economy involving technically legal inlaw units between world war ii and 1960, there were 20 to 30 thousand in-laws were built, today it'sest mated there are 30 to 40 thousand technically illegal inlaw units, who lives in these in-laws? we know the individuals who live in them are tenants who are typically immigrants, seniors, families and there is a disproportionately high number of children as well as some of our city's lowest income and longest term residents. they live in very affordable units but lack tenant rights. a study in district 11 showed that 45% of residents and in-laws don't even have written leases with their landlords. for many year, there have been significant calls for legalization, inlaw secondary units are simple and cost effective methods of increasing our cost effective supply, organizations from spur to the housing action coalition and tenant organizations have encouraged our city to consider legalization, but unfortunately, we have had a don't ask, don't tell policy, we have turned a blind eye to inlaw policies, it has eliminated an average of 100 in-laws e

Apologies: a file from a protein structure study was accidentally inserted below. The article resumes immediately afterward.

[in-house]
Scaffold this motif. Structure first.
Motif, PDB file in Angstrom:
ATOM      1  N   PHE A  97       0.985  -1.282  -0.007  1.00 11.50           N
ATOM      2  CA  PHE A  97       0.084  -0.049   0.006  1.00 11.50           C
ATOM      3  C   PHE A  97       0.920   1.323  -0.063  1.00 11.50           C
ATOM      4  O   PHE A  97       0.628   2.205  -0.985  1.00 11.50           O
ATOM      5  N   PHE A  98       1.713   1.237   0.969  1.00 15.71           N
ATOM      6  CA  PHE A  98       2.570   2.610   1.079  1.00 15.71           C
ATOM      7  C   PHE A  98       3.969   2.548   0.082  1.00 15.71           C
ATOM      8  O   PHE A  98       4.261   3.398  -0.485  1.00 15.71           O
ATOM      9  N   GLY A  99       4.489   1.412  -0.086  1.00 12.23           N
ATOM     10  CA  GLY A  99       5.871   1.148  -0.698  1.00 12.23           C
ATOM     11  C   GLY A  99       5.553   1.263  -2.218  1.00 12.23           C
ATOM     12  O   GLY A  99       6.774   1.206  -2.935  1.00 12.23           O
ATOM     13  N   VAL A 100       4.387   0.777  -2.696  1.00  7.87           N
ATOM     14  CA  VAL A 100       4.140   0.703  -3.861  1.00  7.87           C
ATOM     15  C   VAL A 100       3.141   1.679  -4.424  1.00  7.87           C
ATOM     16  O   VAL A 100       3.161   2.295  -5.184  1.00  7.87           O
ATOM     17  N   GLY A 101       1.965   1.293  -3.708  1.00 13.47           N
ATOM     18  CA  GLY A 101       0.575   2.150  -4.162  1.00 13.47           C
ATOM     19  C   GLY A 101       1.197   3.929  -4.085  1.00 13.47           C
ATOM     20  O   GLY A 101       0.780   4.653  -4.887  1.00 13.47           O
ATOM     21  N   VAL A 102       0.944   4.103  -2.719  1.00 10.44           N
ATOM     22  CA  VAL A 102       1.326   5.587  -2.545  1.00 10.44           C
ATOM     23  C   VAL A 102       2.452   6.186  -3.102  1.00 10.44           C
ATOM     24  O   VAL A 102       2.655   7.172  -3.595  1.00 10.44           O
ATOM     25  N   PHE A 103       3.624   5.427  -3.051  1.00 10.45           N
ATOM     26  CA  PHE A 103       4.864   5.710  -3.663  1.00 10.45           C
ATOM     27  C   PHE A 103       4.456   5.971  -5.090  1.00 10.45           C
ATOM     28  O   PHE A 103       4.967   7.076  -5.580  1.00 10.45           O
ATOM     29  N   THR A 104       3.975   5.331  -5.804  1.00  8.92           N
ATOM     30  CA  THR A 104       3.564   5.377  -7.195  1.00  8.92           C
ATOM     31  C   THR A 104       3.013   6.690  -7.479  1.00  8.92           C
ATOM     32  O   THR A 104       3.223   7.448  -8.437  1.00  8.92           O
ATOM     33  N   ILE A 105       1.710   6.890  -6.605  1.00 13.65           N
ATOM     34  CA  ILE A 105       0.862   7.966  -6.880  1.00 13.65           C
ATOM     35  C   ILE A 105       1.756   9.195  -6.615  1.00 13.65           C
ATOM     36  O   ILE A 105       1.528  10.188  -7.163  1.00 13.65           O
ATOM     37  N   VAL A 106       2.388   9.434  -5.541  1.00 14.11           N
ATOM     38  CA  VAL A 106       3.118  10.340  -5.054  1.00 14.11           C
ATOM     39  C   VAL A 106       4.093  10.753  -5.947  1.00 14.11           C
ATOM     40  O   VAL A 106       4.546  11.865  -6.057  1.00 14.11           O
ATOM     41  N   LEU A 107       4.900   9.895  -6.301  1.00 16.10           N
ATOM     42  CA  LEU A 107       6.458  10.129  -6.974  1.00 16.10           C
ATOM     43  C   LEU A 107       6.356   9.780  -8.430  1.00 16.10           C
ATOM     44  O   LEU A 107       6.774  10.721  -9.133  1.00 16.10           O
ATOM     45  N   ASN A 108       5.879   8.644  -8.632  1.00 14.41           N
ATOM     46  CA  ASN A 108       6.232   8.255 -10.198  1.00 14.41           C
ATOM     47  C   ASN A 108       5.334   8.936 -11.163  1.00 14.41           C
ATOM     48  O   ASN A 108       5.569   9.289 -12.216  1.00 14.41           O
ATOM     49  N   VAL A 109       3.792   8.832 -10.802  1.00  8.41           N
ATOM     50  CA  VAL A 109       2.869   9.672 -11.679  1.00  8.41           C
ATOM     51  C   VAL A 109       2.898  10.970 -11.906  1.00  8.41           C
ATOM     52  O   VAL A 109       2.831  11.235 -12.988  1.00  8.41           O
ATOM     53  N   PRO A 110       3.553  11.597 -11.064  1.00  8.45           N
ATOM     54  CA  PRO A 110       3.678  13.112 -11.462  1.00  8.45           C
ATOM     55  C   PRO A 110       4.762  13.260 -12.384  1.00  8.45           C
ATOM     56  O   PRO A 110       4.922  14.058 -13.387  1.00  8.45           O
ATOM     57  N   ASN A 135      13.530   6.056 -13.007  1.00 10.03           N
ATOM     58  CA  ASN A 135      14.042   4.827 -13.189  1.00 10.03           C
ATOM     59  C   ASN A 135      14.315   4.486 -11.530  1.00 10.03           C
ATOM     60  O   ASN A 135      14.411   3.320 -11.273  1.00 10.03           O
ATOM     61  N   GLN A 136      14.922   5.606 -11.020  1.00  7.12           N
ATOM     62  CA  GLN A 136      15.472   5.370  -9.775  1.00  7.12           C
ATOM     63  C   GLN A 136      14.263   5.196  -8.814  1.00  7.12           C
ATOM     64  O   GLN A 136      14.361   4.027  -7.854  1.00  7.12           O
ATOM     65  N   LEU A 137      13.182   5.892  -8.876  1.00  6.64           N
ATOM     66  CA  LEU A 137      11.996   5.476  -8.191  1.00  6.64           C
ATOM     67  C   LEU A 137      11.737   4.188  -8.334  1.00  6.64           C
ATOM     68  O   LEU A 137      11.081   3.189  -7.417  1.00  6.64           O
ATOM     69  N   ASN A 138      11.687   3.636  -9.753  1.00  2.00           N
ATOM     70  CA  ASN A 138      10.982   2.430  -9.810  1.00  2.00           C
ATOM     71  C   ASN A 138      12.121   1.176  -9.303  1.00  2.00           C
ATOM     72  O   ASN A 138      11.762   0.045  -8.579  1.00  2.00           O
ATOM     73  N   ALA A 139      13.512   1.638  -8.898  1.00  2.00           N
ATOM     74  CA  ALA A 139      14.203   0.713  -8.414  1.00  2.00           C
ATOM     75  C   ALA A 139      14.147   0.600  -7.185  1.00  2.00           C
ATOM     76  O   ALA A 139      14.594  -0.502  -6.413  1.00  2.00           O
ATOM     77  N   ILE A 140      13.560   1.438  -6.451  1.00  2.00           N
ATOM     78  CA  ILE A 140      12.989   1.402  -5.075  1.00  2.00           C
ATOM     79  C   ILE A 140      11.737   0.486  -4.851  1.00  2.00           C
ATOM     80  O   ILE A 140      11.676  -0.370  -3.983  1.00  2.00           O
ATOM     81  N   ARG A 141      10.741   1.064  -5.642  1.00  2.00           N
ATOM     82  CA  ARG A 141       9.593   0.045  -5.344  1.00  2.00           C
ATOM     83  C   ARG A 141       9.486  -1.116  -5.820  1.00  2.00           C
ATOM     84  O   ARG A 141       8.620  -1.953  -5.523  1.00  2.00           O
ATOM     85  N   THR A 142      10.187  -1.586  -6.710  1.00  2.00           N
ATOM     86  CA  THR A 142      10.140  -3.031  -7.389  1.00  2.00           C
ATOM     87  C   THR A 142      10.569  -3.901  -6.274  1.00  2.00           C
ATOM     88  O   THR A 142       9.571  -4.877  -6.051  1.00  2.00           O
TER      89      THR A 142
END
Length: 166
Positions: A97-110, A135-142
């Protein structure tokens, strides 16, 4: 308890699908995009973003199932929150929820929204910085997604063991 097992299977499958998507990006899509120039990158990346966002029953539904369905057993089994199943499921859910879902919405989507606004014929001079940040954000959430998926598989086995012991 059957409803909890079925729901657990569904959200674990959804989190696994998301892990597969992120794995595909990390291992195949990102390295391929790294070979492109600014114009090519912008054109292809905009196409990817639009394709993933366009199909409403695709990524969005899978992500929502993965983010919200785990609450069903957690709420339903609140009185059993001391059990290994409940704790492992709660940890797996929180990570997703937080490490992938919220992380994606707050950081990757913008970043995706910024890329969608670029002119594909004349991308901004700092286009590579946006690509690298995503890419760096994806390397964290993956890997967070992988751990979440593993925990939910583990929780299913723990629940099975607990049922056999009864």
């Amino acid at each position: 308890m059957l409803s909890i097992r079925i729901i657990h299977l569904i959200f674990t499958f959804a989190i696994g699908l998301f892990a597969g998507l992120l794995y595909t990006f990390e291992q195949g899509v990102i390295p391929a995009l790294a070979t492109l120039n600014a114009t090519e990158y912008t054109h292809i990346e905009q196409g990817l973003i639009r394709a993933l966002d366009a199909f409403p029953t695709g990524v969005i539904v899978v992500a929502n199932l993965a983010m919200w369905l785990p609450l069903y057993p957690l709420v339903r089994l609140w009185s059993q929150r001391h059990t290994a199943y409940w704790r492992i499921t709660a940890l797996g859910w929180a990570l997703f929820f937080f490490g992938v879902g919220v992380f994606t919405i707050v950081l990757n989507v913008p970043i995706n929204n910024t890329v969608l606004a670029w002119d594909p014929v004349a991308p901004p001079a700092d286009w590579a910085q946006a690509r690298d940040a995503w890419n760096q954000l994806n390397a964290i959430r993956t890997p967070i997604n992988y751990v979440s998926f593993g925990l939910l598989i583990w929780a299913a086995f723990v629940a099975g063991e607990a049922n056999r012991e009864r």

fortunate too witness emerging models that that has become our clean energy economy. we know it can trigger market transformation s*us u just as the it transformation we're currently experiencing, but in order to unleash this true potential, as a city, we must provide callus stronger demand for renewable energy products and services. the catalyst is green finance sf. we receive seen in other parts of the state in california that have adopted residential pace programs, in sonoma and riverside county and is have seen the positive impacts that have followed further residents in their local economy. the stores of individuals that have chosen to participate in the respective pace programs and the successes they have experienced. these can save on monthly utility.bill tos the tune of tosses of dollars, from the beginning of this process, we wanted to make sure this finance tool had a strong workforce component tied to it. we convened meters with our partners and labor to start discussions with how that work component would look like. it's a key to not getting them job today and keeping th